New Zealand Rugby says it will consider any request by players to pull out of the All Blacks Rugby Championship campaign on a case by case basis.
Australia was confirmed as the host of the revised 2020 Rugby Championship across November and December last week, meaning the All Blacks, along with the Springboks and Argentina, will be spending nine weeks away from home.
New Zealand Rugby chief executive Mark Robinson said they want to have the tournament wrapped up by early December.
"We want our players to feel happy safe and comfortable in the environments they are in ... we are like any employer we want to do the right thing by them and ensure they have the appropriate time to consider all the ramifications of being away for that period of time so we will just continue to work through that.
Asked on Morning Report if players would still be paid if they refused to go to Australia, Robinson was non-commital.
"We'll work through all those scenarios in due course."
Foster denies claims All Blacks players could skip Rugby Championship
Meanwhile, All Blacks coach Ian Foster told Nine to Noon that he has spoken with the players in question.
"The players have categorically denied that [not wanting to go].
"But we are having conversations with players to make sure that we deal with the family situations and we'll do that one on one with the people, we know that... we've got between now and until the end of October while we're in New Zealand to control some things in that space and how we actually integrate families into our programmes is going to be critical.
"But there is a harsh reality that the nine weeks looks like it's going to be nine weeks and we'll just deal with the situation as we go along, but I've had no player to this date say to me that they're not coming because of family, but I have had a lot of players with lots of questions and that's very natural because I think we've all got questions at the moment," he said.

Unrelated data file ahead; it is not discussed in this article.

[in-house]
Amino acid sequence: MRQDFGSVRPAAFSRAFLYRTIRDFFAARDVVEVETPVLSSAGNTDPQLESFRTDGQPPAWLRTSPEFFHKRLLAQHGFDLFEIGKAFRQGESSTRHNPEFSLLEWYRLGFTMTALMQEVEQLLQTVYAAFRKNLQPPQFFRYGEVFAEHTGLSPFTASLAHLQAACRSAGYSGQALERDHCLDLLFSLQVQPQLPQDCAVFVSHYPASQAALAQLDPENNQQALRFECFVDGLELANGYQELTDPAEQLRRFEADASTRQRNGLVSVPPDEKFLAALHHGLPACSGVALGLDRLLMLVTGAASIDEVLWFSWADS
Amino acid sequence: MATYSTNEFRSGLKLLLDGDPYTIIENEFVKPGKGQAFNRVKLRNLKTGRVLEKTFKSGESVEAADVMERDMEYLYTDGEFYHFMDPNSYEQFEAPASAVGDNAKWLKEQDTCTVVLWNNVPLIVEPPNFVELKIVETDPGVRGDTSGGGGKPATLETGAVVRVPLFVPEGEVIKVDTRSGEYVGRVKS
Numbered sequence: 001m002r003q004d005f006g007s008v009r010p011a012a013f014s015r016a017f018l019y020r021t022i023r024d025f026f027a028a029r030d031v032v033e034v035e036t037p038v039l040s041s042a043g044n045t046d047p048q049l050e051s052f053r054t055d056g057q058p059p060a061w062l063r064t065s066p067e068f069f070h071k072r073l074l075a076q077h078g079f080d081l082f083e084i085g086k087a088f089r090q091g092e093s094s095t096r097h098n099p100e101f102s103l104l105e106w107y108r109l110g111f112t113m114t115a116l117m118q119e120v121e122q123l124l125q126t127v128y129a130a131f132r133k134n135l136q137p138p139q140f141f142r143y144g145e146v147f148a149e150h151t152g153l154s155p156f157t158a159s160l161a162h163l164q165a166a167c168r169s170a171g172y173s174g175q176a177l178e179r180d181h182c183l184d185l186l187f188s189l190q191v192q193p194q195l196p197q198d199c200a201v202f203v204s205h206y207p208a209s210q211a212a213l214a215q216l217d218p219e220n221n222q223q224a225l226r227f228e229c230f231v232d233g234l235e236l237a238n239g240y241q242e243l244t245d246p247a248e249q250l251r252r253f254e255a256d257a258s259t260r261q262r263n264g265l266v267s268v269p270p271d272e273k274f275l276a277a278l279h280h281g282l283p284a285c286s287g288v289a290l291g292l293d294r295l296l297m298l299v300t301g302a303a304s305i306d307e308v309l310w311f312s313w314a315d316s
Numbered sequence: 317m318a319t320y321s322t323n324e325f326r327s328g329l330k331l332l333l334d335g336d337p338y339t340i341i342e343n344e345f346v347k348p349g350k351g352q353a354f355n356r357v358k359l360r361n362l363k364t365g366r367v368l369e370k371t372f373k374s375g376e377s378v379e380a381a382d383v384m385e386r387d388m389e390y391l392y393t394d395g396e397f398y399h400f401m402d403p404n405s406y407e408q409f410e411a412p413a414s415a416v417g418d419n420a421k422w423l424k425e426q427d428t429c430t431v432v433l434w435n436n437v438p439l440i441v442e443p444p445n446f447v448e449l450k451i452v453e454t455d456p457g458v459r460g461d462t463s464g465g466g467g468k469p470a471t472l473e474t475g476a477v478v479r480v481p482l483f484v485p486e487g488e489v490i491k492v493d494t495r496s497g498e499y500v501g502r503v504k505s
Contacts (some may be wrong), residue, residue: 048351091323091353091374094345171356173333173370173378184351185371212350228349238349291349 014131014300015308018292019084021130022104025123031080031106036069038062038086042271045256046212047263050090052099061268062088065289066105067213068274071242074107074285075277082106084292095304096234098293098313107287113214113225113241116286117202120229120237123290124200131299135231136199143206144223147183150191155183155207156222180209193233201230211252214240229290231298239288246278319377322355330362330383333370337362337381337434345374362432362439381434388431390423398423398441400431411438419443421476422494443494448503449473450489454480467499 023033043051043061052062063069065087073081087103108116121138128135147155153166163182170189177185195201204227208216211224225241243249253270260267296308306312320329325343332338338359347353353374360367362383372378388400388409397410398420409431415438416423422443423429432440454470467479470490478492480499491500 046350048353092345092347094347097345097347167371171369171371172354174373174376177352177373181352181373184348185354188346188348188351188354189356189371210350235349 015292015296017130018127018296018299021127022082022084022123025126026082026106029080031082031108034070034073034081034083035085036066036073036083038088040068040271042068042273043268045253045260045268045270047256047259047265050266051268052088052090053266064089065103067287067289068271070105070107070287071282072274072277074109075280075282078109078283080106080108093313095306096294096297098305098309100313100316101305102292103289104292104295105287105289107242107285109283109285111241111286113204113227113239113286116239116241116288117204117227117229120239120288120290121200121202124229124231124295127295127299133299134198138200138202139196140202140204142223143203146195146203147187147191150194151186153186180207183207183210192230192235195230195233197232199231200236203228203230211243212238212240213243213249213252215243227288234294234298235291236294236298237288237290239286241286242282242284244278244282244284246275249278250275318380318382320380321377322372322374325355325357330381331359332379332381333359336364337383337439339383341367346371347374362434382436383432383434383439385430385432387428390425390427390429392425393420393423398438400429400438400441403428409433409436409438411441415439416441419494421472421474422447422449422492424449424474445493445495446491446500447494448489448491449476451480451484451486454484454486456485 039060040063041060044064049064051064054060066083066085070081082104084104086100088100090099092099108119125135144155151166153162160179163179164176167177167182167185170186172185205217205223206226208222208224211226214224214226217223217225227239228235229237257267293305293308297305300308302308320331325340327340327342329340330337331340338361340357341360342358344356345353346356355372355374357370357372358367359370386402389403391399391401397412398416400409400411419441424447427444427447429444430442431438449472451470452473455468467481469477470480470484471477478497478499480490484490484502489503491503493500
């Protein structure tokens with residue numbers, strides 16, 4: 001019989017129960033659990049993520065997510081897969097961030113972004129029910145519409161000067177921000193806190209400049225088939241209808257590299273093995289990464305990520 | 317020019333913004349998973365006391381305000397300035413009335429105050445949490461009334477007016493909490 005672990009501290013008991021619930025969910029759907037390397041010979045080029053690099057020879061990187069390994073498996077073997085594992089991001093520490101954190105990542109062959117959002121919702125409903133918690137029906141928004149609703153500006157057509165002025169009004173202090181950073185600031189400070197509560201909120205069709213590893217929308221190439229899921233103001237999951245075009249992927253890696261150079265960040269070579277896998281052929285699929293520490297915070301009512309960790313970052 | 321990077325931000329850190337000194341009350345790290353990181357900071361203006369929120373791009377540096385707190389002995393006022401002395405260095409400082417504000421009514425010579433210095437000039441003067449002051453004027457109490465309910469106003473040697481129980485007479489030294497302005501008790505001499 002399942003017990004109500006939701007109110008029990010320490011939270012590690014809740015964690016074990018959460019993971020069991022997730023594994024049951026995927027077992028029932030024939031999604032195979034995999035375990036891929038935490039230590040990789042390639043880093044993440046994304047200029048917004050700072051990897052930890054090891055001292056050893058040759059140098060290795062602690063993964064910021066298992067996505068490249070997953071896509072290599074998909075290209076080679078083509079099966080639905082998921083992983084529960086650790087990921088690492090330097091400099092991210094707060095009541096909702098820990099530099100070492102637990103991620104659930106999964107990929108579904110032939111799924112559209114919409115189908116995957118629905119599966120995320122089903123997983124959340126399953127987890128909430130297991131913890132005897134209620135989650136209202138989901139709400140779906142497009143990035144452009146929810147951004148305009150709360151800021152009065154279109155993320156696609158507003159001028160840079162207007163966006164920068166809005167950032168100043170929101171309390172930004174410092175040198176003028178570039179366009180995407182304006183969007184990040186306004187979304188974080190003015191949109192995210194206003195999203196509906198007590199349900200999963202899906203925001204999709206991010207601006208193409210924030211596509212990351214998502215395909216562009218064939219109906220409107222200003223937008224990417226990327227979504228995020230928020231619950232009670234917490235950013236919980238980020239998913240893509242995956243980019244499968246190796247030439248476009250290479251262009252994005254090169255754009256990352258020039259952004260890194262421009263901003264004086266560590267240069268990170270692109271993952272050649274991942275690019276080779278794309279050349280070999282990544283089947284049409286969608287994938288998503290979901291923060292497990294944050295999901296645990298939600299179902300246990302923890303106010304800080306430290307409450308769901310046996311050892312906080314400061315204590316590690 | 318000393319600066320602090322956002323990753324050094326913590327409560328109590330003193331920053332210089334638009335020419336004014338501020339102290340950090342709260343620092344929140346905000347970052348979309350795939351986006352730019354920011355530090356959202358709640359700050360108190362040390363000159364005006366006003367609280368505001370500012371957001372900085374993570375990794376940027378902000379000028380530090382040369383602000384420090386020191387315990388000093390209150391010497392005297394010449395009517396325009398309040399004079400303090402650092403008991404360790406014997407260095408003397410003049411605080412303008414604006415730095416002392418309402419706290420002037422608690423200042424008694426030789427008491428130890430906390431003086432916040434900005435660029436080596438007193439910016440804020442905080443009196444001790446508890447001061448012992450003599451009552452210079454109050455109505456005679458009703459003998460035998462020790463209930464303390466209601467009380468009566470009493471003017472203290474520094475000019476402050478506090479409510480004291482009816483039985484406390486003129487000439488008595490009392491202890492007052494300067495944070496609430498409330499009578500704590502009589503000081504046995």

Foster did admit though that players have told him they don't want to be away from home for nine weeks.
"I've had a lot of players say that, but that doesn't mean they won't be coming.
"You go to a world cup and you are away from your families for seven weeks, the difference is here is it's very hard to bring families in during the tournament... We'll treat that issue with the respect it deserves by talking to players about it but we certainly won't get to caught up with media speculation that players won't be coming.
"There will be an All Black team, at the moment, going over to play a Rugby Championship in Australia."
Foster said he thinks it is "highly unlikely" players will be able to brought in late or leave early, or families join them in Australia, due to logistical and health concerns associated with quarantine.
He said New Zealand Rugby was seeking clarity from the Australian government on whether that would change.
Earlier on Tuesday, the New Zealand government announced it would relax the quarantine rules for the Wallabies so the team could train while in managed isolation ahead of the Bledisloe Cup tests.
The change came after Wallabies coach Dave Rennie complained about the preparation time for the first test on 10 or 11 October.
Foster said it was good the two parties could reach an agreement.
"I think we've got a very equitable situation and there's no reason they [Wallabies] can't come over," he said.
Foster also believed if the government had sorted quarantine requirements for the Rugby Championship quickly, as it had with the Bledisloe Cup, he thinks New Zealand would be have ended up hosting the former.
"I certainly feel it would have put us in a stronger position... we've got the ability there, things are trending well, if we can get full crowds, if we could have solved the quarantine thing it certainly would have made our case a lot easier to sell."